Hoyle: “Yes. He was using numerous bank accounts at various financial institutions, and making deposits at each within an hour, sometimes only six minutes apart. He would deposit $2300 at one bank, and then $2100 at another, then $1000 at a third bank.”
Eyster: “Nothing further at this time.”
Behnke: “Whose pickup was at the Chardonnay Lane residence.”
Hoyle: “It was Mr. Boss’s.”
Defense Attorney Lerman stood to question Hoyle: “The Chardonnay property — was it an operational winery?”
Hoyle: “I don’t doubt that wine was being made there.”
Lerman: “Do you know who owns the note on that property?”
Lerman: “Did you ever ask Mr. Boss to turn over his medical records?”
Eyster: “Objection. The officers are not allowed to go there.”
Lerman: “He could have come to my office.”
Behnke: “Objection sustained.”
Lerman: “Did you find any medical marijuana recommendations for Mr. Boss?”
Hoyle: “I believe they were expired.”
Lerman: “Did you read Mr. Boss’s wife her Miranda rights?”
Eyster: “Objection. Nothing’s being charged against Mr. Boss’s wife.”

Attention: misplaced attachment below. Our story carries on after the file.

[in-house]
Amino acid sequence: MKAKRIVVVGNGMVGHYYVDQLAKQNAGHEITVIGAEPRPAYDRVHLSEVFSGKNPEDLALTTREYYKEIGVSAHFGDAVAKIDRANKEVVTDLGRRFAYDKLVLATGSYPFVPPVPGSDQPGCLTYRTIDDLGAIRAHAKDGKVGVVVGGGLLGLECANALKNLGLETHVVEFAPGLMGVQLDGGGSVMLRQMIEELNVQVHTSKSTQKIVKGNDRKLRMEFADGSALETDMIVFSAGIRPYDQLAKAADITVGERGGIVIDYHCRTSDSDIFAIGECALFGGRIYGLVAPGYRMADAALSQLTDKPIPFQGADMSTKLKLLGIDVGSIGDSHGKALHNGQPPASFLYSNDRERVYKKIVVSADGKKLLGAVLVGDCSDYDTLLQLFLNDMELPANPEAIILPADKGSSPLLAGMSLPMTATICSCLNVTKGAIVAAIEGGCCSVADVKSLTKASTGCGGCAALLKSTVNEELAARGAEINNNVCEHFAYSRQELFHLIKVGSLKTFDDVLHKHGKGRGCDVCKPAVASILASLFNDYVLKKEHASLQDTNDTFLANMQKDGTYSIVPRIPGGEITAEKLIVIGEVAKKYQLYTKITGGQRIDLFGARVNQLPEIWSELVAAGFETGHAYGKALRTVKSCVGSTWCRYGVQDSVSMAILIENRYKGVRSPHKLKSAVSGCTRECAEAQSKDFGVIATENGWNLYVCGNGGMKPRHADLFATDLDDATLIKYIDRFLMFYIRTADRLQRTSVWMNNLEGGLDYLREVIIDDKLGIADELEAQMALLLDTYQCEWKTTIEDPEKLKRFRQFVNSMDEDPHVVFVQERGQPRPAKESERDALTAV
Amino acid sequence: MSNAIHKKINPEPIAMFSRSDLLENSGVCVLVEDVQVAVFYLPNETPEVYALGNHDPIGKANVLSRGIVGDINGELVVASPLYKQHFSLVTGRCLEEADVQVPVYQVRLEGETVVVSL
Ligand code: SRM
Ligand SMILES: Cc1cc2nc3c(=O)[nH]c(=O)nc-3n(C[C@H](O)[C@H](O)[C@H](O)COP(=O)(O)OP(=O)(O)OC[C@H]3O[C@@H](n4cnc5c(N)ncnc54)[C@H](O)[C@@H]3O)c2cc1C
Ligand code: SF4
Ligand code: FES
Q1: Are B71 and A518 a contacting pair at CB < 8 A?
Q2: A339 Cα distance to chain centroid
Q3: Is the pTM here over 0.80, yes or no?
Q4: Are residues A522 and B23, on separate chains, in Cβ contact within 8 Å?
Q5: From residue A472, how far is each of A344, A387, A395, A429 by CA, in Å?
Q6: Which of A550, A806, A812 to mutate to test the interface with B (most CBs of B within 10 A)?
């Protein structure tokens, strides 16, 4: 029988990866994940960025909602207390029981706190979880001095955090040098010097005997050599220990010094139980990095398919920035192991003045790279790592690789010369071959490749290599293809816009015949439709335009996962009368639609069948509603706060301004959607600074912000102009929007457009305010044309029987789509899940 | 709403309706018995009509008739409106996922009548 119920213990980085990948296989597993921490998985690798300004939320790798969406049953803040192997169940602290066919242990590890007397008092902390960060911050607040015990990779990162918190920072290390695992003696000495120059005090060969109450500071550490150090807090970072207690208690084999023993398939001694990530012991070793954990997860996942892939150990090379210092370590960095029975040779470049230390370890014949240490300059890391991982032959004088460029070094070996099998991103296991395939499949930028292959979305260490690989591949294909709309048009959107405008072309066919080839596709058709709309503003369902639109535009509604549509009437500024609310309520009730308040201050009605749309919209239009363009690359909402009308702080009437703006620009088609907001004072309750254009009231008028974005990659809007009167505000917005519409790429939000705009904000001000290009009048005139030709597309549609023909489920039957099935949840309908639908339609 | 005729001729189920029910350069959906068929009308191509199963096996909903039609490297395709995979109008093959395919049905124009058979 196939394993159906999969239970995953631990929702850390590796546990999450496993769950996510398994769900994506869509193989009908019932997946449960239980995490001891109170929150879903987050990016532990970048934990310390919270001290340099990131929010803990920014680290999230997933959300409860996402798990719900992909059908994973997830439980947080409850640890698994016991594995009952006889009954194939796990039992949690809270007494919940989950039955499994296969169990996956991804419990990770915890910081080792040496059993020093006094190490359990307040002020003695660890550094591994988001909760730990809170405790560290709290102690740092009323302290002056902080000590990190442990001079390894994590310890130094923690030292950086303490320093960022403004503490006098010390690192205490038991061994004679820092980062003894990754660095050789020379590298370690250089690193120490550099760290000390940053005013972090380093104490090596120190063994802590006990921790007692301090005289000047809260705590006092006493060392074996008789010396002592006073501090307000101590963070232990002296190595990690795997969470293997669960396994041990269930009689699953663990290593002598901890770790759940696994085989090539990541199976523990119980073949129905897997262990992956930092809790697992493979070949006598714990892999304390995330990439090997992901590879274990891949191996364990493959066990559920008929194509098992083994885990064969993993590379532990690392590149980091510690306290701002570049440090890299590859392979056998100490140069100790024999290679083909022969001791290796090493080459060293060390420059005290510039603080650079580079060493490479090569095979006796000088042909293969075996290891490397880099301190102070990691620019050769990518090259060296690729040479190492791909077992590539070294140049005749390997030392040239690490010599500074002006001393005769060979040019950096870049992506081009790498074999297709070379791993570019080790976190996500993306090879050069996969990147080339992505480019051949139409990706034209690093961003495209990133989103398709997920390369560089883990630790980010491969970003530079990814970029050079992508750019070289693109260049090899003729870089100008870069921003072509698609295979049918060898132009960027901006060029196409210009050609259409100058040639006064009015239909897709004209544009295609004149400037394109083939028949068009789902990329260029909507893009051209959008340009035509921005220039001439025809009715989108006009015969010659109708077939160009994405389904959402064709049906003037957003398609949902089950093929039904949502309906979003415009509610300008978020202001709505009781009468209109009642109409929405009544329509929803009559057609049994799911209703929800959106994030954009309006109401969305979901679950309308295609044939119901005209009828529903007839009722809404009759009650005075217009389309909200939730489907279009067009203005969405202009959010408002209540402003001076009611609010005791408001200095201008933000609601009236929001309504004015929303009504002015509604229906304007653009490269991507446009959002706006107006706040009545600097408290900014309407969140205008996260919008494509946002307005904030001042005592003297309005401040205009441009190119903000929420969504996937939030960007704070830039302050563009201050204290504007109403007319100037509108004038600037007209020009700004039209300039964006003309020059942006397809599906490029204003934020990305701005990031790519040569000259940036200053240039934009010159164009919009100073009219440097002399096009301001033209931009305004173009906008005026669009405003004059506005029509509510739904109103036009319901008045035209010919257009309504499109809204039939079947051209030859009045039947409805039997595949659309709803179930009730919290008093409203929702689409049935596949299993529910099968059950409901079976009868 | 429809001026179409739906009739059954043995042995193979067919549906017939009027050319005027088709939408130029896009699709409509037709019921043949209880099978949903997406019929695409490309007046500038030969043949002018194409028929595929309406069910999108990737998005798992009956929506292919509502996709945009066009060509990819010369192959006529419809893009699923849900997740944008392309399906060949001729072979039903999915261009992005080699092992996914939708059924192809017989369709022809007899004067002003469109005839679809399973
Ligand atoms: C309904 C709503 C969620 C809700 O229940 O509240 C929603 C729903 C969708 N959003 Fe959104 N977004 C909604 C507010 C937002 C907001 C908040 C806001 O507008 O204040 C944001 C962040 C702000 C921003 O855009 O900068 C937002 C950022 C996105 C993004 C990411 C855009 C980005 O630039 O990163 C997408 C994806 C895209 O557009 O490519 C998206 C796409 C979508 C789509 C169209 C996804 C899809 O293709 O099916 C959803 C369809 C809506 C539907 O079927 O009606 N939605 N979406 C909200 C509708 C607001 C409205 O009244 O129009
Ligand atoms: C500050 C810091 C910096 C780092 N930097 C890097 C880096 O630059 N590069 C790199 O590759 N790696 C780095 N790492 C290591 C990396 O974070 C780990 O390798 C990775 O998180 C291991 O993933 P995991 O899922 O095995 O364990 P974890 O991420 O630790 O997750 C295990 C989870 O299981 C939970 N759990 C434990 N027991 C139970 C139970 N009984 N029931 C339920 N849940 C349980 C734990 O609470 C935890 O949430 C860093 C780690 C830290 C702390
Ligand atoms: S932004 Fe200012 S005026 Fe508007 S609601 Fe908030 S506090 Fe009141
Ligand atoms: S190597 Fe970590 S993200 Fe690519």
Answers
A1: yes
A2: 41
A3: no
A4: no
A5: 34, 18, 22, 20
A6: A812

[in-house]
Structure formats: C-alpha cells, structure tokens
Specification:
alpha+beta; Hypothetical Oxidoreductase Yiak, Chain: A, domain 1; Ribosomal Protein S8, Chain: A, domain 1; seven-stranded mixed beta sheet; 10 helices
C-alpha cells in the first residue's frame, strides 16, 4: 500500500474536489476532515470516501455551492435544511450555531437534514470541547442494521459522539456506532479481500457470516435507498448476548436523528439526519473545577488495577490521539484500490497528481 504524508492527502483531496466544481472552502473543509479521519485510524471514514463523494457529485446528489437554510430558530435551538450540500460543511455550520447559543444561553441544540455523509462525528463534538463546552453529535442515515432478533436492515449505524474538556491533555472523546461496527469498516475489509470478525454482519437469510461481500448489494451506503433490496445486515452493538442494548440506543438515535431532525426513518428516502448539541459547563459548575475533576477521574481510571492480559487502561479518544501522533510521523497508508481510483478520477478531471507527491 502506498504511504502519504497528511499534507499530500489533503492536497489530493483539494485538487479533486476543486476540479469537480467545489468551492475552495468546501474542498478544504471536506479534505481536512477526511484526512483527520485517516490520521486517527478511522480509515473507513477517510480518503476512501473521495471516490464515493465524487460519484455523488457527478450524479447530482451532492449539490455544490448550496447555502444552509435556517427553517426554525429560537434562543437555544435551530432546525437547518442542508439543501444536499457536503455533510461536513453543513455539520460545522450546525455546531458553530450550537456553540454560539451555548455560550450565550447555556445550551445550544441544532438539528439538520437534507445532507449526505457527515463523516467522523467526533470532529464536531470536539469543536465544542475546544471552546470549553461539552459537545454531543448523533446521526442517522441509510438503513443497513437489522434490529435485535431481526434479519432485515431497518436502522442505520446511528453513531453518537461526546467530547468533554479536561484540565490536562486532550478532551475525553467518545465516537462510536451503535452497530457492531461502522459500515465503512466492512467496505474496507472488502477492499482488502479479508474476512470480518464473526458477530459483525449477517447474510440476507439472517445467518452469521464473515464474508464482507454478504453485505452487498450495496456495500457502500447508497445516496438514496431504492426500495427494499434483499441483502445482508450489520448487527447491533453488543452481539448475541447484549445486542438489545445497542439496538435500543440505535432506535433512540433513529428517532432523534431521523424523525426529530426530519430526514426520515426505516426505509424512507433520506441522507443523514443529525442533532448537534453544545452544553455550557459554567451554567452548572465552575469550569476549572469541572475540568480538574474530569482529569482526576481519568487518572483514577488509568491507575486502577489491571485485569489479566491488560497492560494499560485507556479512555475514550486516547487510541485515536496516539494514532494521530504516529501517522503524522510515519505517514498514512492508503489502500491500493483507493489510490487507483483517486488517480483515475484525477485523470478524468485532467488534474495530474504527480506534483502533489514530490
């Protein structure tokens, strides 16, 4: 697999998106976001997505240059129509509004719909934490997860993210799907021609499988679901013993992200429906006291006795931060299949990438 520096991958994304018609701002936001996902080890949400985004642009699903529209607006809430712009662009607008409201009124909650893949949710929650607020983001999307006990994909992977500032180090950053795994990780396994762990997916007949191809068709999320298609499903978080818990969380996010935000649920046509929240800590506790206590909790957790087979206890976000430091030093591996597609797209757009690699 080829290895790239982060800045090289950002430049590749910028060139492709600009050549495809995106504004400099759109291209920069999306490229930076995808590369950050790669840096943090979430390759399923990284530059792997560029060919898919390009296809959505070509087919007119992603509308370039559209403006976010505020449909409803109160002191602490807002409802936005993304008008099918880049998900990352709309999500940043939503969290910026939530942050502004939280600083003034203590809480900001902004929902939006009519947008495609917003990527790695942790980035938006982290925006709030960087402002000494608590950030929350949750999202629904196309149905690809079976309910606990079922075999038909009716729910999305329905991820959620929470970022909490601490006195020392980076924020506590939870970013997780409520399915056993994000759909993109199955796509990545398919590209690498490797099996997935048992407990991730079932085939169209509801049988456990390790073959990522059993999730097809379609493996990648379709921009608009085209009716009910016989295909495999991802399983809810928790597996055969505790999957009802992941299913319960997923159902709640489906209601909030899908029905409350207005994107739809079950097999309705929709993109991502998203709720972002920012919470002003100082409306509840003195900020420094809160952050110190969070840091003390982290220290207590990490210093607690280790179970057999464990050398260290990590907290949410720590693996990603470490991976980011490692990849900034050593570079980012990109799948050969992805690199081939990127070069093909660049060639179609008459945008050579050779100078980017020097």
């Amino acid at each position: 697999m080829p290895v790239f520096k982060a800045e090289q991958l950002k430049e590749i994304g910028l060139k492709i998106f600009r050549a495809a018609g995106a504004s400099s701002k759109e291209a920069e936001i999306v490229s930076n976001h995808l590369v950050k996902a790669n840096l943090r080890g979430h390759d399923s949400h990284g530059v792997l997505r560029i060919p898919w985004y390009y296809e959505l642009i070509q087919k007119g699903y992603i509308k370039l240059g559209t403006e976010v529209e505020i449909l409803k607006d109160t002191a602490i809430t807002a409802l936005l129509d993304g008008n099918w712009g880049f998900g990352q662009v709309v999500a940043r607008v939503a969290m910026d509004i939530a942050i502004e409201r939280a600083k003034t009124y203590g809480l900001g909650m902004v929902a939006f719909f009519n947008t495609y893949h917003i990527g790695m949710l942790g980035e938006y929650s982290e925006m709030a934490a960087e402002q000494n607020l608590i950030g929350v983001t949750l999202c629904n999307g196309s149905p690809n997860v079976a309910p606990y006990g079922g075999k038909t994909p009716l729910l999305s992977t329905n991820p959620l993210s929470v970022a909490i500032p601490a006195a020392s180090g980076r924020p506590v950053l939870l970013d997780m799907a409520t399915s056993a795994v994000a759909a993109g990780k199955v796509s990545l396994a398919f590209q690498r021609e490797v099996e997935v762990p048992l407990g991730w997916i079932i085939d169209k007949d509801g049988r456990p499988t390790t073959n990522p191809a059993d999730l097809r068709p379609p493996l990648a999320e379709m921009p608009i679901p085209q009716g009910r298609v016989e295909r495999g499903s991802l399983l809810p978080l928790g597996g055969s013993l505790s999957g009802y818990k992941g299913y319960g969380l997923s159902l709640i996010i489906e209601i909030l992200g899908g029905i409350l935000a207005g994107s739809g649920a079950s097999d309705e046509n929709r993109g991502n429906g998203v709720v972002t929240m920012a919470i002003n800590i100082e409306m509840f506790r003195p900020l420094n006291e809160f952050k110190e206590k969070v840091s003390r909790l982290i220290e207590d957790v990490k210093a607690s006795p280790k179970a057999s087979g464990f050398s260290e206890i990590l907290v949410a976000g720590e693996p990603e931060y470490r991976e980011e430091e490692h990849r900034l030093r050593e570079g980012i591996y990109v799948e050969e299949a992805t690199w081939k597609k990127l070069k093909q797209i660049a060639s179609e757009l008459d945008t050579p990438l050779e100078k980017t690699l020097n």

Behnke: “Objection sustained.”
Lerman: “Nothing further.”
Eyster: “Was she [Boss’s wife] being truthful with you?”
Hoyle: “With some exceptions, yes. I think she lied about the marijuana, but was truthful about the finances.”
Lerman: “Are there legitimate reasons for having various bank accounts?”
Lerman: “So what led you to conclude that this was a commercial operation?”
Hoyle: “The volume of marijuana and the way it was packaged, the trimmers at the Cameron Road residence, and the amount earned from sales.”
Behnke: “Do you wish to argue, Ms. Lerman?”
Lerman: “The court is going to hold Mr. Boss to answer, but I think the investigation was poor and no effort was made by the officers to show that this could have been a legitimate grow.”
The court did hold Mr. Boss to answer, and at least one observer thought it was absurd to expect the officers to try and substantiate Boss’s cover story. After all, the fundamental principle behind Proposition 215 is that medical use is a positive defense, not an automatic exemption from arrest. In other words: “Tell it to the judge” — or jury as the case may be.